This volume presents the ancestry (as far as it is known) of the children of James Nohl Churchyard and his former wife, Martha Orr. The following eight ancestral lines start from parentage chart B1.
A complete list of the principal family names included in this work is given below.
Author and print publisher Internet publisher James N. Churchyard Henry Churchyard 1694 Santa Margarita Drive 3205 Helms #204 Fallbrook, CA 92028-1639 Austin, TX 78705 (letter mail with SASE only, please) email@example.com
After many years of research we began the distribution of this book as a personal bicentennial project in 1975. We donated copies to the principal libraries such as:
In the years since, many more printings and excerpts have been given to libraries and individuals. We print each copy of this book to order and so each is slightly different due to the inclusion of new research results and the correction of old errors.
As an extension of this policy of free publication, the book is also available on the Internet.
[Most of the rest of this book has not been converted to HTML, but is included as part of the plain ASCII text version which is available for download:]
These sketches contain more than the usual "family group sheet" information. Additional historical and background information on the times and places where these ancestors lived has been inserted to complete the picture of their lives.
And that is why this book is called a "museum" instead of a "family history": hopefully it provides a real look into the lives of the people and their times, not just a dry compilation of facts.
The following review is from the New York Genealogical and Biographical Society Record, Volume 108 (January 1977), page 52.
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Mr. Churchyard has gathered information concerning his wife's and his ancestral families, twenty-five of which have been traced back at least four generations. This tentative edition is placed in a few libraries with the hope that other researchers may be able to help resolve questions concerning the identity of certain ancestors listed ...
The practice of placing a tentative edition where others can consult it, profit from it, and possibly add to it or even correct it, is laudable and to be encouraged. Mr. Churchyard has obviously done a great deal of intelligent research and thoughtful analysis.
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The following review excerpt is from Everton's Genealogical Helper: online edition, Volume 1, Number 6 (16 May 1995).
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This is one of the first implementations in a trend toward the establishment of an electronic library accessible via the Internet. It is based on ... Our Family Museum with information on over 360 different surnames ... Even in its simplicity, this Web-based book provides the one thing serious students have always wished for in printed volumes: instant cross-references. Multimedia is cool, but this ability to form your own links, to follow a path that you have chosen, is what hypertext is all about. ... Fancy? No. But invaluable for those who share the author's lineage.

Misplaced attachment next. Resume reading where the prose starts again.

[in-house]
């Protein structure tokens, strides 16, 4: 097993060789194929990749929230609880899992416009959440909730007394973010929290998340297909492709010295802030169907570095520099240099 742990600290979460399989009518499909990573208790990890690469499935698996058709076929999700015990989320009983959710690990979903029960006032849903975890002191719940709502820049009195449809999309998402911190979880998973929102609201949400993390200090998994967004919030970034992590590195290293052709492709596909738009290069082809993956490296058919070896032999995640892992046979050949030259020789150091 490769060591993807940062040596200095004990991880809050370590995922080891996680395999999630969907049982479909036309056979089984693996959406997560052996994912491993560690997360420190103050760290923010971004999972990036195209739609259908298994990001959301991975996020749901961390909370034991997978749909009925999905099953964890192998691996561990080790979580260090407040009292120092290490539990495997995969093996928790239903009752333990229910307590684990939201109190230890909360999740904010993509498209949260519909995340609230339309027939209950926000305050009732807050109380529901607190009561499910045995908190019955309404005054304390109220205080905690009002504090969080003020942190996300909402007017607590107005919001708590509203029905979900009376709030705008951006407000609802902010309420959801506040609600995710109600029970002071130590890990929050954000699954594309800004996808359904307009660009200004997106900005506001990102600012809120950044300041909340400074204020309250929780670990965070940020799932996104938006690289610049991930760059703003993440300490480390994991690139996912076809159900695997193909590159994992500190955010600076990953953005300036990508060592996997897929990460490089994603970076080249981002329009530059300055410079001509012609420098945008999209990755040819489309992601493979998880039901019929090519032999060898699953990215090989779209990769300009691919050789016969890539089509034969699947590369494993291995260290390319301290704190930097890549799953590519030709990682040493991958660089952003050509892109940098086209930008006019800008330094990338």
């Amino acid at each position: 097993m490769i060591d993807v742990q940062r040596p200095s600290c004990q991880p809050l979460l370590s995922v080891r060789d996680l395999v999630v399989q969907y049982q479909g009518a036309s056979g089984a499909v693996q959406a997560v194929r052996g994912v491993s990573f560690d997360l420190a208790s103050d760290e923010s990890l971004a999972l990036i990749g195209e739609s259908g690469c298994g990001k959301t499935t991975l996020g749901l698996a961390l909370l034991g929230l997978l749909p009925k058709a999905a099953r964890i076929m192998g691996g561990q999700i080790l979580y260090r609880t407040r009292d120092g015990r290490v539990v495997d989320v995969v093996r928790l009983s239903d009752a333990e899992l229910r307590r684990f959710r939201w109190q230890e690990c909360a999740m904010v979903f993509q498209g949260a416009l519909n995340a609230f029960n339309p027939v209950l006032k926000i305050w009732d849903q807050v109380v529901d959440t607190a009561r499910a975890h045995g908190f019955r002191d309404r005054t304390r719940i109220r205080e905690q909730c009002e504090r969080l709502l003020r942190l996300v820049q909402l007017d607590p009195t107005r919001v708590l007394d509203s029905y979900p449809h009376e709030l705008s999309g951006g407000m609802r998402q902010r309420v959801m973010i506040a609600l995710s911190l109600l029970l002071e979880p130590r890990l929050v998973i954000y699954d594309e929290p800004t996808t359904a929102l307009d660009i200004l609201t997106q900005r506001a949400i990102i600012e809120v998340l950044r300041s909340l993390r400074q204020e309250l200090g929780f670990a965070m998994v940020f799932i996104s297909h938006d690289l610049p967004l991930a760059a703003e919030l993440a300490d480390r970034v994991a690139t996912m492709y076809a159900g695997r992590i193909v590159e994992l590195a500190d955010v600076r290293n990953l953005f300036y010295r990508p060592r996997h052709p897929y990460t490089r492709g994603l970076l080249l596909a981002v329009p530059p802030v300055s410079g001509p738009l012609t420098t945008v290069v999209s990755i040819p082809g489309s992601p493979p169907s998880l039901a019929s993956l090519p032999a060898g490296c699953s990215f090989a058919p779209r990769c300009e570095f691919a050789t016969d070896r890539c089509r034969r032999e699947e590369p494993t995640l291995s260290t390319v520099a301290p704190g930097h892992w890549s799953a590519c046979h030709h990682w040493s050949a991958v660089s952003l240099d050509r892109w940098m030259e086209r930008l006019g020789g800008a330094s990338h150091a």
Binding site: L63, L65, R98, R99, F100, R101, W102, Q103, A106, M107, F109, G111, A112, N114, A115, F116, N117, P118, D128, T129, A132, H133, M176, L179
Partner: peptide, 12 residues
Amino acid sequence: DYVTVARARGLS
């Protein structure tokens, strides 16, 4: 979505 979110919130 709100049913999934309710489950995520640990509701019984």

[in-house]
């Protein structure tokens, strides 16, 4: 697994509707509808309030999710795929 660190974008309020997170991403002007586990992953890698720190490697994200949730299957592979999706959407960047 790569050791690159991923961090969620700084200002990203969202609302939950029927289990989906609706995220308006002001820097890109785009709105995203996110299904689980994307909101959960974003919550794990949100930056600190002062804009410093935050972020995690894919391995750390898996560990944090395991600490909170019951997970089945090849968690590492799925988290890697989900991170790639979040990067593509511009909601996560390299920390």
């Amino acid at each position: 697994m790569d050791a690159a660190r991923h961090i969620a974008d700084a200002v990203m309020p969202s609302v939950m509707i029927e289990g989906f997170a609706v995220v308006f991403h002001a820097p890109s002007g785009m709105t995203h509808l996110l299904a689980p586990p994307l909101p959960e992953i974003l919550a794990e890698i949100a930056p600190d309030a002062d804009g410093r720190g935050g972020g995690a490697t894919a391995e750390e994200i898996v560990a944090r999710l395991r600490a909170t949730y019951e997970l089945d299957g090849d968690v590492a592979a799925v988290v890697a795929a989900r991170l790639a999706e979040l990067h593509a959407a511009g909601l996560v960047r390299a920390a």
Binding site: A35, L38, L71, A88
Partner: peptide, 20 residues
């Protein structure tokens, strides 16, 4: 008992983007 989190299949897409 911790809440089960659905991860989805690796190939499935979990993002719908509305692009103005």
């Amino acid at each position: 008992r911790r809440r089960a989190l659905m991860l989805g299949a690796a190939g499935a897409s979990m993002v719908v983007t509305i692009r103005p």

James N. Churchyard is or has been a member of these lineage and genealogical organizations:
The Society of the Cincinnati in the State of New York
The California Society, Sons of the Union Veterans
The Sons of the Revolution in the State of California
The California Society, Sons of the American Revolution
The Society of Colonial Wars in the State of California
The California Society, Sons and Daughters of the Pilgrims
Descendants of Colonial Tavern Keepers
Descendants of Colonial Physicians and Chirurgiens
The Augustan Society
The New York Historical and Genealogical Society
This volume presents the ancestry, as far as it is known, of the children of James Nohl and Martha (Orr) Churchyard. These children are Henry, Ruth Kendrick (Walker), and Elizabeth Emily.
The book is divided into several major sections called parts. Parts B and C are numbered in accordance with the standard pedigree (Ahnentafel) numbering system. This provides the best correlation between the pedigree charts and the biographical sketches. Each ancestor is assigned a number based on his or her position up the family tree. In this system, the latest generation is given the number 1. In general, the number of a person's father is twice that person's number. The number of a wife is one more than that of her husband. This system provides a simple method for sequencing the pages of parentage charts and biographical data. Due to intermarriage among cousins, however, some ancestors may have more than one number. In these cases, the smallest of these numbers has generally been used.
[See also the ahnentafel schema in the explanation of how to read a four-generation genealogical chart. I have always thought it would be better to give these numbers in octal (base 8), but my father doesn't agree -- H.C. note]
Two indices are given. The first, which appears between Parts B and C, gives the every name index to Parts A and B. The second, which occurs at the end of the book, gives an every name index to Parts A, B, and C. Parts D, E, and F are not indexed.
The following list gives all those surnames for which four or more generations are known.